“That means taking more effective steps to protect the lives of civilians, including by clearly and precisely designating areas and places in southern and central Gaza, where they can be safe and out of the line of fire.

“It means avoiding further significant displacement of civilians inside of Gaza. It means avoiding damage to critical infrastructure, like hospitals, like power stations, like water facilities, and it means giving civilians who have been displaced to southern Gaza the choice to return to the north, as soon as conditions permit,” he said.

Blinken said that the Israeli government had “agreed to that approach” but declined to offer specifics on how Israel would follow through. However, he suggested that Netanyahu and others understood that that “the massive loss of civilian life and displacement scale we saw in the north not be repeated in the south.”

Israel has repeatedly signalled it intends to attack the crowded southern part of the Gaza Strip, where 2 million people have fled to escape from ground fighting in the north. But Blinken’s spokesperson said he “stressed the imperative of accounting for humanitarian and civilian protection needs in southern Gaza before any military operations there”.

The two hostages released by Hamas in the late afternoon were French-Israeli citizen Mia Schem, 21, and Amit Soussana, 40. The releases mean that no more mothers and children will remain in captivity if Thursday’s release goes to schedule, apart from Shiri Bibas and her children Ariel and Kfir, who Hamas says were killed in bombing on Gaza. Israel’s military is in the process of trying to confirm if they are dead.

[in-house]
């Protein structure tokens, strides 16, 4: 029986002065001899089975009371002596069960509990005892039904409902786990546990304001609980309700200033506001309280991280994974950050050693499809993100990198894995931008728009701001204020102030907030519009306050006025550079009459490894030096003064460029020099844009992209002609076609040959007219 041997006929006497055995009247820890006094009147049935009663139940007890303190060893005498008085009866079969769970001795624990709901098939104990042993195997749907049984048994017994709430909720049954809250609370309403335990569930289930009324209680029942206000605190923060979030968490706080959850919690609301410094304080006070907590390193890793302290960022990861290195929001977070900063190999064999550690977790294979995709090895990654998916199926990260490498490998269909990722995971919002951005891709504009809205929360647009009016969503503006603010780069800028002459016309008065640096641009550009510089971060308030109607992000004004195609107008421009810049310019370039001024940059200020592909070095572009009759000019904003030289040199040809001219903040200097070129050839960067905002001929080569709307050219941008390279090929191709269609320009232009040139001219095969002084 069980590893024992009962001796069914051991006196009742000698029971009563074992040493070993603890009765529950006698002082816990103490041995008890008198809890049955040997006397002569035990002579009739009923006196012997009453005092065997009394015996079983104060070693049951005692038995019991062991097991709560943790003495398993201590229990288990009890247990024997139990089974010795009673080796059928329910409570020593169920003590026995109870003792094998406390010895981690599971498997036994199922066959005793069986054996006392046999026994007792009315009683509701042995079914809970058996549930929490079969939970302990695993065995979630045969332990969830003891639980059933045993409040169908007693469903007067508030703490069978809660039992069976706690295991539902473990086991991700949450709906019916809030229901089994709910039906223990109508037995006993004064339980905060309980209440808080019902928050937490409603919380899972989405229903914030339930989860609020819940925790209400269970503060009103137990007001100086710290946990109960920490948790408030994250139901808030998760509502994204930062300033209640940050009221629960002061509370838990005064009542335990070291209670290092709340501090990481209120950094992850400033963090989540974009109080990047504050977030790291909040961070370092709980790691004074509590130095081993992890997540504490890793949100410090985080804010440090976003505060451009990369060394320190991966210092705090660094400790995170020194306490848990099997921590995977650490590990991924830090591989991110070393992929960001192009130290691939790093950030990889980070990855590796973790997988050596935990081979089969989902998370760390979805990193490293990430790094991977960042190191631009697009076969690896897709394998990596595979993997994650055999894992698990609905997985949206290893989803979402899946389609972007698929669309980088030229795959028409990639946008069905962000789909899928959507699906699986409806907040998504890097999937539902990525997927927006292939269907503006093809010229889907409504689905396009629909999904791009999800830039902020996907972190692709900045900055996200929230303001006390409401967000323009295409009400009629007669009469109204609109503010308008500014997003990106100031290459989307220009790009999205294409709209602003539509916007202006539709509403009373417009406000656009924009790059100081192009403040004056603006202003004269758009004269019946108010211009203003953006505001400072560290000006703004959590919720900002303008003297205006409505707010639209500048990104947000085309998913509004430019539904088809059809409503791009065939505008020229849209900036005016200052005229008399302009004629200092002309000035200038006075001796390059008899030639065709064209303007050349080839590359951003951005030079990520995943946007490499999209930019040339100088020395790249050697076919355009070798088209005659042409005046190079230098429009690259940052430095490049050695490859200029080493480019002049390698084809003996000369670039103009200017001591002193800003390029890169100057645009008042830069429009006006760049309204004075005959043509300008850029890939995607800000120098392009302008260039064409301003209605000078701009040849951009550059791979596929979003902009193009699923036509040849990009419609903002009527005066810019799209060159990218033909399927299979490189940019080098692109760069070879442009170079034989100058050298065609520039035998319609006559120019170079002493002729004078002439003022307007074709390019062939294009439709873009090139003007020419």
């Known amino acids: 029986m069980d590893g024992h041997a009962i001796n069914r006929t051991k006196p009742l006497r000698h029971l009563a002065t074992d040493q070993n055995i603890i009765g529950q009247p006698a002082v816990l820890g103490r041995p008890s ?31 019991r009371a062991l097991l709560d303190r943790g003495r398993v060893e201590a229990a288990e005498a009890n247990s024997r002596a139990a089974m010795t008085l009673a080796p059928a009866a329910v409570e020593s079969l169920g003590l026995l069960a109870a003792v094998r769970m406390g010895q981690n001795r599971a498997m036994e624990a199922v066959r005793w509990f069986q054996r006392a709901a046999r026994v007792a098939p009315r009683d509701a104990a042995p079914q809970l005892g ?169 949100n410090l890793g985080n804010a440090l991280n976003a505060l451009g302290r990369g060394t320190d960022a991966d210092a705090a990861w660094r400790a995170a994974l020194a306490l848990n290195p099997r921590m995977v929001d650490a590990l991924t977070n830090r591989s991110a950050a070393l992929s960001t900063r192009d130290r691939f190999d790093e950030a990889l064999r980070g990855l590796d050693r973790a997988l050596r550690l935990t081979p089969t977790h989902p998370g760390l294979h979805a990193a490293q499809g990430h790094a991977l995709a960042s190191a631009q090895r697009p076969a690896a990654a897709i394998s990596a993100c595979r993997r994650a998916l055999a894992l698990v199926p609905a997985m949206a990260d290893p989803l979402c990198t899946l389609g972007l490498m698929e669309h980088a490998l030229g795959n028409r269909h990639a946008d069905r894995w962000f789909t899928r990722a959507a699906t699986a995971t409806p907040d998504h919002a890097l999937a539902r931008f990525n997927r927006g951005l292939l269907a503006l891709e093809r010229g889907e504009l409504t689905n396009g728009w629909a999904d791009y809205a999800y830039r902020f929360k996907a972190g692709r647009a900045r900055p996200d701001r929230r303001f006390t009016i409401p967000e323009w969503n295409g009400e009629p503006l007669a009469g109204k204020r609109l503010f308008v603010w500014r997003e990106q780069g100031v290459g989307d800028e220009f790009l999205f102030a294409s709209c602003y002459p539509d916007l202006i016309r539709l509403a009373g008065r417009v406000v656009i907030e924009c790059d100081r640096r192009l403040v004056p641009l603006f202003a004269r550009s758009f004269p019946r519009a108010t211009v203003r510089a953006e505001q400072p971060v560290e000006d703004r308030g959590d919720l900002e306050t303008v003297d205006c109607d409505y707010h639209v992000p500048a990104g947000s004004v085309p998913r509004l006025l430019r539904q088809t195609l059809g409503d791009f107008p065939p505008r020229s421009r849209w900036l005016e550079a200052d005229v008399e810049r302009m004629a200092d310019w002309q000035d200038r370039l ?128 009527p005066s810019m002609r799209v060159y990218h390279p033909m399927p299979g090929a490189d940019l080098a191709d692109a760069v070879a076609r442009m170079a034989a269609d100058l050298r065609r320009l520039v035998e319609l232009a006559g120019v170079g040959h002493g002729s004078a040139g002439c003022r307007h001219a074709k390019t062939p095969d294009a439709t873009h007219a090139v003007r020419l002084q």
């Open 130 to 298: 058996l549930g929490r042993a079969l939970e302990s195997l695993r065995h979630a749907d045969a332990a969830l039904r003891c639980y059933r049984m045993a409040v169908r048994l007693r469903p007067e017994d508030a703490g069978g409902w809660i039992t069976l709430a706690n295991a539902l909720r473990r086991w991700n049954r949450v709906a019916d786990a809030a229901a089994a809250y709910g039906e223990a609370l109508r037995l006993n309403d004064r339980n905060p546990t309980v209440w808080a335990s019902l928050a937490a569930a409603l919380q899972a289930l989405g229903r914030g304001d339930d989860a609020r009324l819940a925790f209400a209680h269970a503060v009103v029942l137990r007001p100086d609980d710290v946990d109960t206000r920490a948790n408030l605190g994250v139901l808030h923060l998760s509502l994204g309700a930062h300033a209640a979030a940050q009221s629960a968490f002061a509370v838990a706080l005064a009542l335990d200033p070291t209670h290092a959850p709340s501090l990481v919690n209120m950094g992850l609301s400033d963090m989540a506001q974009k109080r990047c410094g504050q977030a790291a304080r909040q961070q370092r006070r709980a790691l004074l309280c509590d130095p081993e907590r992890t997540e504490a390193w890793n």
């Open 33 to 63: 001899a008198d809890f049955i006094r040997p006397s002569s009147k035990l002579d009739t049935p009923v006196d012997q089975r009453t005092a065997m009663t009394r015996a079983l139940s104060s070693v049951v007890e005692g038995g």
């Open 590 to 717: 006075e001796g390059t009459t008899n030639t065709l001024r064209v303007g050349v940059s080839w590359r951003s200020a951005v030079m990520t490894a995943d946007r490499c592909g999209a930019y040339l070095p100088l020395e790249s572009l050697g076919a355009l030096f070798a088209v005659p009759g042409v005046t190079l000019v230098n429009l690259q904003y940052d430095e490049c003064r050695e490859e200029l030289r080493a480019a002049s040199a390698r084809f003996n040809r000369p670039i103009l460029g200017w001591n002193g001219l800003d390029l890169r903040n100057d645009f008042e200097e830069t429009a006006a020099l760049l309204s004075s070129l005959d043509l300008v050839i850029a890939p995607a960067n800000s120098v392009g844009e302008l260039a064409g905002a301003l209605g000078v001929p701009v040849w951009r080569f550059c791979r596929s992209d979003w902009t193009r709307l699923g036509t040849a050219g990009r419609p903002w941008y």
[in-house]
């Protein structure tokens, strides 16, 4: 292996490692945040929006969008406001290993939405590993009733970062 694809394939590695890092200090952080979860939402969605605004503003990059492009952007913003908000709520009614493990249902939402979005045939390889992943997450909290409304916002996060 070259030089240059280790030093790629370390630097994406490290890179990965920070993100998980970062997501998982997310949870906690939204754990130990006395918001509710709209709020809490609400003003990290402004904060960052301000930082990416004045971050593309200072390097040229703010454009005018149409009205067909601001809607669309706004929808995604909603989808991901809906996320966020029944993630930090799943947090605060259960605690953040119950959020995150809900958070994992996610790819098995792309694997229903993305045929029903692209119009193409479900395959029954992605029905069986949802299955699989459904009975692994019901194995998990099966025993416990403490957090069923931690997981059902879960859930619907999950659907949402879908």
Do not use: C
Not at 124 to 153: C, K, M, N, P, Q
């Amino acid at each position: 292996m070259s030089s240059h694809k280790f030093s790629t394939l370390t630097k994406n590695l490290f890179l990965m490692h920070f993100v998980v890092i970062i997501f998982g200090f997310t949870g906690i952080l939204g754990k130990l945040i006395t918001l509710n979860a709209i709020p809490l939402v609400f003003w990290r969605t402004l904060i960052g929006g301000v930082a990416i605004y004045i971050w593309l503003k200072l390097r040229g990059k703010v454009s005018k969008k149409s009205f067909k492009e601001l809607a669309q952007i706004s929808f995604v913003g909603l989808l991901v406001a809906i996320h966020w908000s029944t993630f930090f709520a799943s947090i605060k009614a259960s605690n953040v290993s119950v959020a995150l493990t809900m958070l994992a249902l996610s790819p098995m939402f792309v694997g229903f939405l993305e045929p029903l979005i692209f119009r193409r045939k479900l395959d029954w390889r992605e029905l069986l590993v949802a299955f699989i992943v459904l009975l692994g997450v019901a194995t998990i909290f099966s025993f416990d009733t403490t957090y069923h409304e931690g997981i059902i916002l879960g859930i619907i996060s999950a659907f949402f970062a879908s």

The initial agreement between Israel and Hamas, brokered by the US and Qatar, states that the truce can be extended a day for every 10 hostages released. At the same time Israel has agreed to release three Palestinian prisoners for every Israeli hostage coming from Gaza.

Schem, a dual Israeli-French citizen, is a tattoo artist who was captured at the Supernova desert rave on 7 October, in circumstances that are not yet clear. Soussana, a lawyer, was kidnapped from Kfar Aza kibbutz while trying to hide from Hamas attackers.

Israeli police said the initial investigation of the bus stop attack indicated the attackers had arrived by car and were “armed with an M16 rifle and a handgun”. A search of the car had “revealed ammunition and weaponry”, the force added.

Shin Bet said the gunmen had previously been jailed for terrorist activity. The elder brother, Murad, spent 10 years in jail to 2020 for planning terror attacks, under direction from Gaza, while Ibrahim had been jailed in 2014.

Itamar Ben-Gvir, Israel’s security minister and leader of the far-right Otzma Yehudit party, visited the scene and said the attack at the bus stop showed that the country needed to respond to Hamas militarily. “This type of incident proves again how much we can’t show weakness,” he said, according to the Times of Israel. Ben-Gvir has previously called for an end to the current truce.

Blinken also met the Palestinian Authority president, Mahmoud Abbas, on Thursday evening. He condemned extremist violence against Palestinians in the West Bank and said the US remained committed “to advancing tangible steps” for a Palestinian state, according to a spokesperson.

Abbas called for a complete ceasefire in Gaza, Al Jazeera reported, and raised the topic of the enforced displacement of Palestinians in the Gaza Strip and in the West Bank, and warned there had been increased attacks from Israeli settlers since 7 October.